The ongoing saga that is the 2021 California gubernatorial recall election, scheduled for September 14, has just had an unusual and somewhat entertaining skirmish that was lost by sitting Democratic Governor Gavin Newsom, who will now not be allowed to have his party affiliation “Democrat” printed by his name on the recall ballot.
Newsom’s legal team appeared at a court hearing on July 12, seeking forgiveness for oversight by the governor’s attorney regarding a required filing with election officials. In the last-minute case filed against Secretary of State Shirley Weber, Newsom argued that the election statute included an unnecessarily early deadline for officials subject to recall to request their party affiliation appear on the ballot.
Newsom’s excuse for not making the required filing on time was that his lawyer forgot to do it.
The California Patriot Coalition opposed Newsom’s request for a waiver of the statutory deadline. The Coalition is a leading proponent of the effort to recall Newsom and has stated:
We have filed a Motion to Intervene in CA Governor Gavin Newsom’s lawsuit filed last week against his hand-picked Secretary of State Shirley Weber. Newsom is asking for the Court to allow him to place a “D” next to his name on the recall election ballot, even though Newsom blew the deadline for requiring the Secretary of State to do so by 16 months. We note that the deadline blown by Newsom is contained in a statute that Newsom himself signed into law.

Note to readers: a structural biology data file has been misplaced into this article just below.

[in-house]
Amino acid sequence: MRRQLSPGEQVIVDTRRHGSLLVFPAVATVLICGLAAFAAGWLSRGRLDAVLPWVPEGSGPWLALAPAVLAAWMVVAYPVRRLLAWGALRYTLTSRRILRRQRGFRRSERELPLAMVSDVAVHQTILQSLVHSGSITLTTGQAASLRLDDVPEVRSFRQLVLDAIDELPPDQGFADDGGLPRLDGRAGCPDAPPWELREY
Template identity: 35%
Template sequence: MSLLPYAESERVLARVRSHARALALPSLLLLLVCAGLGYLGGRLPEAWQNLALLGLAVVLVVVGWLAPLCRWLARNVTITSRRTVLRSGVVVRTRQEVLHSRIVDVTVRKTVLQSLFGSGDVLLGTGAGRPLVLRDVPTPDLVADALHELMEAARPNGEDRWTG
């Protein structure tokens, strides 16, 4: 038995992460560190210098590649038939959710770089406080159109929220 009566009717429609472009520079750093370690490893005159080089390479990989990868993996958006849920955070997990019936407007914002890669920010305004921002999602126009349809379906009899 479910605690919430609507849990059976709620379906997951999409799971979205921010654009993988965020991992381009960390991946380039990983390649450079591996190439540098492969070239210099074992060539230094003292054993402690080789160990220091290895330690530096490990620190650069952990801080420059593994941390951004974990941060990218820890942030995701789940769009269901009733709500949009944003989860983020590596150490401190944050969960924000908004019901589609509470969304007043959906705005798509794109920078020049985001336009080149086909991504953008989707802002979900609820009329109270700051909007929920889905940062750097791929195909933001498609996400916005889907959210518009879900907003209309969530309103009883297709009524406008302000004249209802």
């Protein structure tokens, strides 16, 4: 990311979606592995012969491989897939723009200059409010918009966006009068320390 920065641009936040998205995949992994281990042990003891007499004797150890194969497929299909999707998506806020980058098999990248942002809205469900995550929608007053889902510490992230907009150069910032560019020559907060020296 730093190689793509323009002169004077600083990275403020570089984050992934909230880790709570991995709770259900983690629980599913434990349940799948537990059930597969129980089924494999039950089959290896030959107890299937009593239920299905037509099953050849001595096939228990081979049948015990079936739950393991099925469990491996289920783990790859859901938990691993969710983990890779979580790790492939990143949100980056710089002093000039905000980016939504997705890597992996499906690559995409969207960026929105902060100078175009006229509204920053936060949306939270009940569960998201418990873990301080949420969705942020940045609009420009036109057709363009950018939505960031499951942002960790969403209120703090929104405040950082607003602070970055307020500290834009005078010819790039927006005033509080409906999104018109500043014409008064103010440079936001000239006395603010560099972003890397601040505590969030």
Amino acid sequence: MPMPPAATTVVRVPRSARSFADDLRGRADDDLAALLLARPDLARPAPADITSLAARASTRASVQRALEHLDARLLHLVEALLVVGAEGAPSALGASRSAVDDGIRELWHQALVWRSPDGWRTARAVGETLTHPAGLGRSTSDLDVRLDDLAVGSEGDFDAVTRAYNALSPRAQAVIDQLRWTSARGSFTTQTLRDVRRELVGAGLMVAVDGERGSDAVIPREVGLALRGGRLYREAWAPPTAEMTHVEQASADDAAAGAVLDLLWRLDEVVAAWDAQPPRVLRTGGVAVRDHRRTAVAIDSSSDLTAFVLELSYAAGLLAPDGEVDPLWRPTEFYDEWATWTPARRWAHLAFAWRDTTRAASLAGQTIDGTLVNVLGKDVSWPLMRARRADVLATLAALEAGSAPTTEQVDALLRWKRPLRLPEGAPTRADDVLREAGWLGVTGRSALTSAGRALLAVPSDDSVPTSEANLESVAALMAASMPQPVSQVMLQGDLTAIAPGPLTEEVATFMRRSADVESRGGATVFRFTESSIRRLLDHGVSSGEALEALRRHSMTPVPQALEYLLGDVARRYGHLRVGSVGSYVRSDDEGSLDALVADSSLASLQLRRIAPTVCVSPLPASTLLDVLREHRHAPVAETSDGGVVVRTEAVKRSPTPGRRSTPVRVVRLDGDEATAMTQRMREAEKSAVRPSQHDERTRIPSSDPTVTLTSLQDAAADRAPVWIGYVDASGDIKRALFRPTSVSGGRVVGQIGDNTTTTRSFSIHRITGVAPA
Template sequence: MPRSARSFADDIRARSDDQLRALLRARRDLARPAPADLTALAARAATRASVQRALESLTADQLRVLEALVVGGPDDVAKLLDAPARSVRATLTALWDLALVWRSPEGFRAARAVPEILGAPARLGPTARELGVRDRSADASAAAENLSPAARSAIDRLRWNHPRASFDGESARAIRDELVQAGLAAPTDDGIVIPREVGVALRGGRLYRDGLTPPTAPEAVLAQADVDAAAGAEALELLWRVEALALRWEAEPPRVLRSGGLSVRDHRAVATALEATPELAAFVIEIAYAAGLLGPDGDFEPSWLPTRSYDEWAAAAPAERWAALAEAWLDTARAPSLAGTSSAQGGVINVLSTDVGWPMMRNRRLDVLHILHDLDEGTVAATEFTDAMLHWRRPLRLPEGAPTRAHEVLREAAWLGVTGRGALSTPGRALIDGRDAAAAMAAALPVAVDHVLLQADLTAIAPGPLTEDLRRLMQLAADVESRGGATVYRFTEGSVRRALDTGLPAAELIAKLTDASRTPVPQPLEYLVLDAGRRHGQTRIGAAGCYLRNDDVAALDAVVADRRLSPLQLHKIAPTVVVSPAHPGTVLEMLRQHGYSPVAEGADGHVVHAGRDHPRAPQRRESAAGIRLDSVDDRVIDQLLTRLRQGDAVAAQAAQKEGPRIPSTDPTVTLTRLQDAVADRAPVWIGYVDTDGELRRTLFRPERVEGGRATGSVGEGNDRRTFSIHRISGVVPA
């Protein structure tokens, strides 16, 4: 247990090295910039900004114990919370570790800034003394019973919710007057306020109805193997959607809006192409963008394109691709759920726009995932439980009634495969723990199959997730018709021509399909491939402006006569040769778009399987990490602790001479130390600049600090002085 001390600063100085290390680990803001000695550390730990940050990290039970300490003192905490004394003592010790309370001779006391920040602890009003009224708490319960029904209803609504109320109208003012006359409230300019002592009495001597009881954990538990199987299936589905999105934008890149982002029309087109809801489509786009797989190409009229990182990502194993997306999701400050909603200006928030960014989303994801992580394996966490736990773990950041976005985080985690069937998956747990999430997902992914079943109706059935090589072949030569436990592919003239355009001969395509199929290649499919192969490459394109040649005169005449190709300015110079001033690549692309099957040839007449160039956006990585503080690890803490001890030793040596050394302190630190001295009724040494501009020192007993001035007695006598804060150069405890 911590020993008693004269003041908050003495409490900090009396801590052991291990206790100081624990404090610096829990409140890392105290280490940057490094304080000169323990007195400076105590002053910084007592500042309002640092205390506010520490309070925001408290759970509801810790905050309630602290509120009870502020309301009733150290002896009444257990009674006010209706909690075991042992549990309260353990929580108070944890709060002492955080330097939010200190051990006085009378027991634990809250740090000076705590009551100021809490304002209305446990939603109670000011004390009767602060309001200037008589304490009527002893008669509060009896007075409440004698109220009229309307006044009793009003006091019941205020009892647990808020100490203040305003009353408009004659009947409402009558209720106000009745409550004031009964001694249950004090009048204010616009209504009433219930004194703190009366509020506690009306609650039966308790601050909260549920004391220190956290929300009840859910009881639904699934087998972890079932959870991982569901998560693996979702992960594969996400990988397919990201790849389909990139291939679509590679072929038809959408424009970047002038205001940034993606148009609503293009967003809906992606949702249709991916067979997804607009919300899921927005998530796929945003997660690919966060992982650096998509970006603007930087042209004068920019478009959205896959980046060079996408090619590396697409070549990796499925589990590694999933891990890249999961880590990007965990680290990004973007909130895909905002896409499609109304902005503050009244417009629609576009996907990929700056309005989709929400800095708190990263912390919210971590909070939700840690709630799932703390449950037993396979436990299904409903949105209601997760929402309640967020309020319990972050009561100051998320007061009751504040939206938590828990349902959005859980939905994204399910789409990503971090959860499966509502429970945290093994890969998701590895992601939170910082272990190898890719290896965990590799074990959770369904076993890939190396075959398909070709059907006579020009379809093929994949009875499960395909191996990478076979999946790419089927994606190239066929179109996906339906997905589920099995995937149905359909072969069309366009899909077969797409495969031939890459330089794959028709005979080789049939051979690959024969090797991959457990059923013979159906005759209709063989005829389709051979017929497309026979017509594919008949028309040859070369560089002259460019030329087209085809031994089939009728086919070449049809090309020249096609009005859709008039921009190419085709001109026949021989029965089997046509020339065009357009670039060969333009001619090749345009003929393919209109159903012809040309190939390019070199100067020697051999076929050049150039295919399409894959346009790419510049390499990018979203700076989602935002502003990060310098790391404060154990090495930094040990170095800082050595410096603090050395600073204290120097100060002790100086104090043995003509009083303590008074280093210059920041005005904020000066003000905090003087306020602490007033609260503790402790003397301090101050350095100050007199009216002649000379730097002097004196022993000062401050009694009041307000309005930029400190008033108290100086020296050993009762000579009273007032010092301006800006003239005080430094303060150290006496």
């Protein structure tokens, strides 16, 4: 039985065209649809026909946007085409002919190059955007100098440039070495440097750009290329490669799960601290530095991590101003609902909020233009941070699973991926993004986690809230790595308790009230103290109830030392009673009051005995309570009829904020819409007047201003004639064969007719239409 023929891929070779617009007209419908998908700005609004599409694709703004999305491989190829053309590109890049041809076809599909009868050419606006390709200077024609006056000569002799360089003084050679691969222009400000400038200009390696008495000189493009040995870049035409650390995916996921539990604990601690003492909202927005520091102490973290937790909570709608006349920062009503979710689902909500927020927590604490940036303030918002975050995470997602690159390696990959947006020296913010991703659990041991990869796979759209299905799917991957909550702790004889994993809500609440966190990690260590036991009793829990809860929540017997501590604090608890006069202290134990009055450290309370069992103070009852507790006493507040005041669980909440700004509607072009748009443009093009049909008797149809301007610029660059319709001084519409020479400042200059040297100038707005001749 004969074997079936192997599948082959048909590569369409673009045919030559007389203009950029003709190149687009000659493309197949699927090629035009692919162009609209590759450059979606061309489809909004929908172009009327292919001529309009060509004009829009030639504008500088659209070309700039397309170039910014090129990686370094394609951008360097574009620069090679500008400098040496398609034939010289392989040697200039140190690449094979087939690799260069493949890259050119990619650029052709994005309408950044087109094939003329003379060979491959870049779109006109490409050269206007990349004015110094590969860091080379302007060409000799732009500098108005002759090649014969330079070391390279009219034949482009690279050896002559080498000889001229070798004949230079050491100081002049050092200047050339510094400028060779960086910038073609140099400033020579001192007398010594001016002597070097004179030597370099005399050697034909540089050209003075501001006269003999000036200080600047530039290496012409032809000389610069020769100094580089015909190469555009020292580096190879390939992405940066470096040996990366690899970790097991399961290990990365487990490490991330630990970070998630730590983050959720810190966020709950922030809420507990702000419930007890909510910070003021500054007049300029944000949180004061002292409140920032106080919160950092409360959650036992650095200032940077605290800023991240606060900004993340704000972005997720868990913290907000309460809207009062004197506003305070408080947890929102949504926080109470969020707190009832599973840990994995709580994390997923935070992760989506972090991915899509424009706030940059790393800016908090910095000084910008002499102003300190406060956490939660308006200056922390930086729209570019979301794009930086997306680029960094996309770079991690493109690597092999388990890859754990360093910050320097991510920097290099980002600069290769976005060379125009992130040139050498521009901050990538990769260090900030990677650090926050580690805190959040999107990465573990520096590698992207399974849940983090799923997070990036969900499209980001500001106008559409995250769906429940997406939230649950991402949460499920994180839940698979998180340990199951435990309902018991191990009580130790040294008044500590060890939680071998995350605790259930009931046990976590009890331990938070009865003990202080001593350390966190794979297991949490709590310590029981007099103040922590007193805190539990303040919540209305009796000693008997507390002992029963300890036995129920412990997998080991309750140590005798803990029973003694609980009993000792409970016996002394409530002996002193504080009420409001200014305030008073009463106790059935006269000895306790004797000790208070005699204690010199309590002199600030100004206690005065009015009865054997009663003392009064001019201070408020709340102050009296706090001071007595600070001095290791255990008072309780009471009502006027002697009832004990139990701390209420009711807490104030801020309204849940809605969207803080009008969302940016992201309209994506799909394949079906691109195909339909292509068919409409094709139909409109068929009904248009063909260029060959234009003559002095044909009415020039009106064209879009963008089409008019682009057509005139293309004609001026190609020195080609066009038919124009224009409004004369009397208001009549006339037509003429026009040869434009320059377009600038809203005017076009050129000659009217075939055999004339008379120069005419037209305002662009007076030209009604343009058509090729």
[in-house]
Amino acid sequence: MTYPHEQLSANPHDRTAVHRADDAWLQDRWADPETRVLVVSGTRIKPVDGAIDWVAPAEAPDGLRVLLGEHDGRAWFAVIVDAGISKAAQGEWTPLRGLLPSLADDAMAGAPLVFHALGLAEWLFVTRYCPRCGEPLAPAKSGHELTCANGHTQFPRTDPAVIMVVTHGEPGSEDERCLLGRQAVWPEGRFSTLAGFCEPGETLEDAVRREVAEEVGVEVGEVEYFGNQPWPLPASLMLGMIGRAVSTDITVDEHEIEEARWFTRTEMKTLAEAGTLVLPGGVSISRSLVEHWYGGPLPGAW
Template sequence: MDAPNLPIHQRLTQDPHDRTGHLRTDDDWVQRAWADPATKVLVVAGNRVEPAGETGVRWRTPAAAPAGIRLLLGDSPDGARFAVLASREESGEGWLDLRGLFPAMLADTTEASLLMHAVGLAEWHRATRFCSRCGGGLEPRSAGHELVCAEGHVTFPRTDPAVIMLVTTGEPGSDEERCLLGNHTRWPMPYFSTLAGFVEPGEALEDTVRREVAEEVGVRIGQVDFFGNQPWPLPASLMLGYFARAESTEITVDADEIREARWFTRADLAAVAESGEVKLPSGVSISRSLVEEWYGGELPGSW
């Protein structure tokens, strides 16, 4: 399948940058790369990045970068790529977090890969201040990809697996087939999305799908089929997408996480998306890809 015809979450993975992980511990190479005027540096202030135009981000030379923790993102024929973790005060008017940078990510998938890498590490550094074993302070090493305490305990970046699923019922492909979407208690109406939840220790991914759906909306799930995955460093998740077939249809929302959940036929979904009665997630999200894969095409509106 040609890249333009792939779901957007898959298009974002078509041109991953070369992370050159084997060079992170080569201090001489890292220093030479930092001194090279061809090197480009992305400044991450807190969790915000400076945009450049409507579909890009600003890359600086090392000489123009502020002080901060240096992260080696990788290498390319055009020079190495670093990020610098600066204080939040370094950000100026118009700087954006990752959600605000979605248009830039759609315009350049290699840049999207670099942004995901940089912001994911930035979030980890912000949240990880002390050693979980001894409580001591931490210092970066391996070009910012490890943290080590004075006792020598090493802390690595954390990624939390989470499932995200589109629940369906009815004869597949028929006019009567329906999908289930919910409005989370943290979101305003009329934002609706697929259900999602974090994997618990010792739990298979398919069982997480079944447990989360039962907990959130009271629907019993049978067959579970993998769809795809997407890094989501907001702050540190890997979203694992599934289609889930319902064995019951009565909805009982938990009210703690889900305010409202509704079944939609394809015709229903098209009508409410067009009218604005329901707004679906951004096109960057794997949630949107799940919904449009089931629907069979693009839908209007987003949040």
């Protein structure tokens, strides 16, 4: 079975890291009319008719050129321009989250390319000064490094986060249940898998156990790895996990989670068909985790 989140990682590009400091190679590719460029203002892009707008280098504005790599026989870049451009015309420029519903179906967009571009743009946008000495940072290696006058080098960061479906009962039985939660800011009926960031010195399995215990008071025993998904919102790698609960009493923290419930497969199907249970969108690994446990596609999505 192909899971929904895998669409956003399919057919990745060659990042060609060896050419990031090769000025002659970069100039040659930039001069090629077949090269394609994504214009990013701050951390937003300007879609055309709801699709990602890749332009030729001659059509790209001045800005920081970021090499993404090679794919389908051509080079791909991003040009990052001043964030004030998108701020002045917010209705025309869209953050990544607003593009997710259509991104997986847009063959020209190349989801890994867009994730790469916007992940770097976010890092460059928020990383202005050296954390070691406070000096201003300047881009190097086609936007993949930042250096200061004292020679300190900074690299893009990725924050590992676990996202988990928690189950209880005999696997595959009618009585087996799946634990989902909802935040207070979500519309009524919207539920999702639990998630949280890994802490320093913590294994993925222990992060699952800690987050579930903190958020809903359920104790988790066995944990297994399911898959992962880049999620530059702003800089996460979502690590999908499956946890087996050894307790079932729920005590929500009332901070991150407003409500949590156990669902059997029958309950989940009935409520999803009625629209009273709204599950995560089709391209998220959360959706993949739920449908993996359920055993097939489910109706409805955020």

The people of California have been on the receiving end of scores of outrageous orders and laws issued and signed by Newsom in his self-perceived role as King of California. Throughout his time in office, he has acted above the law as if he is not subject to California’s Constitution, the State Legislature, and the will of the great people of California.
Newsom understands the power of having the Democrat designation printed by his name on the ballot and wished to rely on the willingness of many California voters to vote Democratic no matter who the people are that are running for a particular office. If he had been willing to stand on his record and name, it seems doubtful that his lawyer’s mistake would have meant very much to him.
An attorney opposing Newsom’s request on behalf of recall supporters stated, “At base, this comes down to whether the governor of California has to follow the unambiguous law and it just so happens, a law that he signed.”
Sacramento County Superior Court Judge James Arguelles ruled that the law “unambiguously precludes party information from appearing on a recall ballot where the elected officer fails timely to make the designation.”
Whether we see overconfidence, old-fashioned hubris, or just simple incompetence at play, it is clear that Gavin Newsom may not be taking his recall election as seriously as the situation warrants.